The first setting that will affect a photo is shutter speed. This allows you to change the length of time a camera’s shutter will stay open. Shutter speed is measured in seconds. Most DSLR cameras have a maximum shutter speed of 1/4000th of a second, This means that the shutter is open for 1/4000th of a second letting almost no light inside to the camera. From there the shutter speed goes down until you get to speeds like 1/60th of a second. From here down its recommended that you use a tripod, or else the photos will come out shaken. From here on down the shutter is left open more and more. When you get to a shutter speed marked with a ” that means a full second. This is primarily used for long exposure photos. These photos are the show stoppers, the best way to take long exposure photos is to use manual mode of a camera to fully have control over the exposure settings.

Aperture 

To get those sought-after photos you want, you’ll need to understand two more key components of exposure to fully get that lasting image. The next thing to understand is aperture. You may know aperture by what the camera does to change it. Aperture is changed with blades that can open or close. They do this to allow specific amounts of light into the camera, the specific amount of light is measured in f stops. F stops are labeled like this F 3.5, F4, F10, etc. The lower the number the less DOP (Depth of field) you will have. This means that the background will be blurred, like the portrait mode on the iPhone plus’. The higher the number the more detail you’ll have. A way to remember this is to look at the numbers that follow the F as water levels. If you’re over 3.5 feet tall then you can’t really drown in the water, which means that you won’t drown in detail. Looking at 10 feet of water you can drown and may drown. As you go higher the more detail you’ll have.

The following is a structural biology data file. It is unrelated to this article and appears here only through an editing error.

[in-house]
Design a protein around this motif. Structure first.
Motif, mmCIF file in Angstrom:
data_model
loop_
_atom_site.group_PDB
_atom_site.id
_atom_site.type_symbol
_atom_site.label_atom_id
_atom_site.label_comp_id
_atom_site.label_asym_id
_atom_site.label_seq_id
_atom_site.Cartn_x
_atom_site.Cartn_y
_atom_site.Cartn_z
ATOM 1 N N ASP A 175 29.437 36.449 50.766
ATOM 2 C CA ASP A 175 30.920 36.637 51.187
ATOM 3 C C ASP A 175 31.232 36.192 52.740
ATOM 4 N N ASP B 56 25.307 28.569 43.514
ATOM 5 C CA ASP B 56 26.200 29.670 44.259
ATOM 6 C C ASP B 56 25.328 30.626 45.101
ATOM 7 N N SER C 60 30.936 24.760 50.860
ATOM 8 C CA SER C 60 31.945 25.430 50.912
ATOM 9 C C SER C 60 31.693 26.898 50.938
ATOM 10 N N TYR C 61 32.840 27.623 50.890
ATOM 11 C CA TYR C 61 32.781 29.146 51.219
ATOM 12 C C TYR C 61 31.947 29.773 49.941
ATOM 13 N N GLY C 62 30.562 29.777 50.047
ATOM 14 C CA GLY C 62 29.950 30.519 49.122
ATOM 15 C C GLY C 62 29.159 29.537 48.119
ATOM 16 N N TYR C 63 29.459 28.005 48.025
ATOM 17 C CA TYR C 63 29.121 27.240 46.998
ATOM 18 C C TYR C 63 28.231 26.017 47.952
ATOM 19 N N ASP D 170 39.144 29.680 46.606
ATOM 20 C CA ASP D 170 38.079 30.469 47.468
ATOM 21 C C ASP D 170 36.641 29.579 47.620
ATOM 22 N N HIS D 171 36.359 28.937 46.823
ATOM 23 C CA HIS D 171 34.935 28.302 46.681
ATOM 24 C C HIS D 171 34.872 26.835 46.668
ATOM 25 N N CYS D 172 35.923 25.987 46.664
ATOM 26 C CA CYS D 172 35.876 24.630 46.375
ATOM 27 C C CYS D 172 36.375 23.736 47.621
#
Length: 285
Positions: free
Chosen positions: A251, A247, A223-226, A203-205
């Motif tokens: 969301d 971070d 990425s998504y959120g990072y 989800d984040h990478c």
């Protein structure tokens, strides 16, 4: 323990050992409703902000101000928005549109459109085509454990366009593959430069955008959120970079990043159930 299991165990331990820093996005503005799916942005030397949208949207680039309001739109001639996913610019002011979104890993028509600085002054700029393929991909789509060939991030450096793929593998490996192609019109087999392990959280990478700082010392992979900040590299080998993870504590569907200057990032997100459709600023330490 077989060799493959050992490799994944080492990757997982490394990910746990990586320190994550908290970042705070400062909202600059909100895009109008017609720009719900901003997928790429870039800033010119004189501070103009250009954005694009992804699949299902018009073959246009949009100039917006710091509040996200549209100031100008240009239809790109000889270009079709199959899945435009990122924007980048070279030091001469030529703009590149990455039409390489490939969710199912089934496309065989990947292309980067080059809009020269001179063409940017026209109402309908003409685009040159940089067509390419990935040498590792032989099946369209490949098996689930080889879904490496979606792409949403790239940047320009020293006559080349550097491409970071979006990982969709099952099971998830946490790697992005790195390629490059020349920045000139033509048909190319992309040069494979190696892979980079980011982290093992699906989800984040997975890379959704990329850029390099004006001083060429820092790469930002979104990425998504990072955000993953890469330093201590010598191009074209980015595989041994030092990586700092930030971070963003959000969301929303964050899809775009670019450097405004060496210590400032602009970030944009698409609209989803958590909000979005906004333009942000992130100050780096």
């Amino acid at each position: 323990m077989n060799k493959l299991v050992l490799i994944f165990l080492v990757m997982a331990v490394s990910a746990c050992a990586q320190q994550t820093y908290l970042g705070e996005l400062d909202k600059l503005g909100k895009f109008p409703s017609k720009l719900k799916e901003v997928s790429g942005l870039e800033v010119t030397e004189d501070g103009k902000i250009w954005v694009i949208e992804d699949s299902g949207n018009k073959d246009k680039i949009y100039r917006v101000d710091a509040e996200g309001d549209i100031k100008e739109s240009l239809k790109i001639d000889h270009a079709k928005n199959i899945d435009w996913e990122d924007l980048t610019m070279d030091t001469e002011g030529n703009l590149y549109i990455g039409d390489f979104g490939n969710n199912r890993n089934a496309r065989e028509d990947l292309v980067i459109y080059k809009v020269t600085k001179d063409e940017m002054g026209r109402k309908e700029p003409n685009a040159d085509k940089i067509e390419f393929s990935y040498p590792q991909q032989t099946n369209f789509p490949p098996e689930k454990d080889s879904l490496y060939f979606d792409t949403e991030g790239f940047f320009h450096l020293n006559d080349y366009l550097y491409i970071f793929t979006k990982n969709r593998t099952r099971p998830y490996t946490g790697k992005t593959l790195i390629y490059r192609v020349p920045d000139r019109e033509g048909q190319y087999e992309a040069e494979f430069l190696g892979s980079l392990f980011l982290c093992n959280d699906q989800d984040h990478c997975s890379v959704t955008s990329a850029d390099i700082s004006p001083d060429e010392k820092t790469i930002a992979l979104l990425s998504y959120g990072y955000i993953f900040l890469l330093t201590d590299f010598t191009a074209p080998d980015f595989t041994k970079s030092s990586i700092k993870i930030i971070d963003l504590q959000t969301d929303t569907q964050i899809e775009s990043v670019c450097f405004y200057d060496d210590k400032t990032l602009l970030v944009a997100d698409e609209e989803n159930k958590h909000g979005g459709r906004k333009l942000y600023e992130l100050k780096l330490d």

One downside to increasing the aperture number is that the light let into the camera decreases. you’ll have to adjust the other settings to compensate for this.

ISO

This next setting can be a little tricky to understand, but its worth it. ISO is the last setting of exposure which is one of the more important exposure settings. This setting changes the camera’s sensitivity to light. ISO is measured in intervals. On most cameras, they range from 100-6400. The lower the number the less sensitive the camera is to light, so the darker the camera will be. The higher the number better the camera can recognize light, but with more light comes a catch. This introduces noise into the photo. It can make the photo look grainy, or pixelated. Its recommended that you set your ISO somewhere around 800.

No matter what device you use as your camera, remember that you can do amazing things with it. So go out and capture something amazing.

Print Friendly, PDF & Email
About the Writer
Michael Griffin, Photo Journalist

Michael Griffin is a junior at PCHS. Michael has interests in photography, writing, and science. Michael helps the Tasch Techies theater program as a...

Leave a Comment

Comments are closed.

Navigate Left
  • How to Up Your Photo Game

    Column

    Things to Know Before Purchasing Super Smash Bros. Ultimate

  • How to Up Your Photo Game

    News

    Spirit Week 2K18

  • How to Up Your Photo Game

    Showcase

    Homecoming Dance 2018

  • How to Up Your Photo Game

    Showcase

    Hoco? More like Squad Goal

  • Showcase

    Homecoming Spirit Week 2018

  • How to Up Your Photo Game

    Column

    Horror is Back, and It’s Evil

  • Feature Story

    Bird Box: Is it worth it?

  • News Brief

    Juniors honored for academics

  • Student Life

    Holiday break traditions

  • Feature Story

    Olive Garden on a Friday night

Navigate Right
Website Apps
How to Up Your Photo Game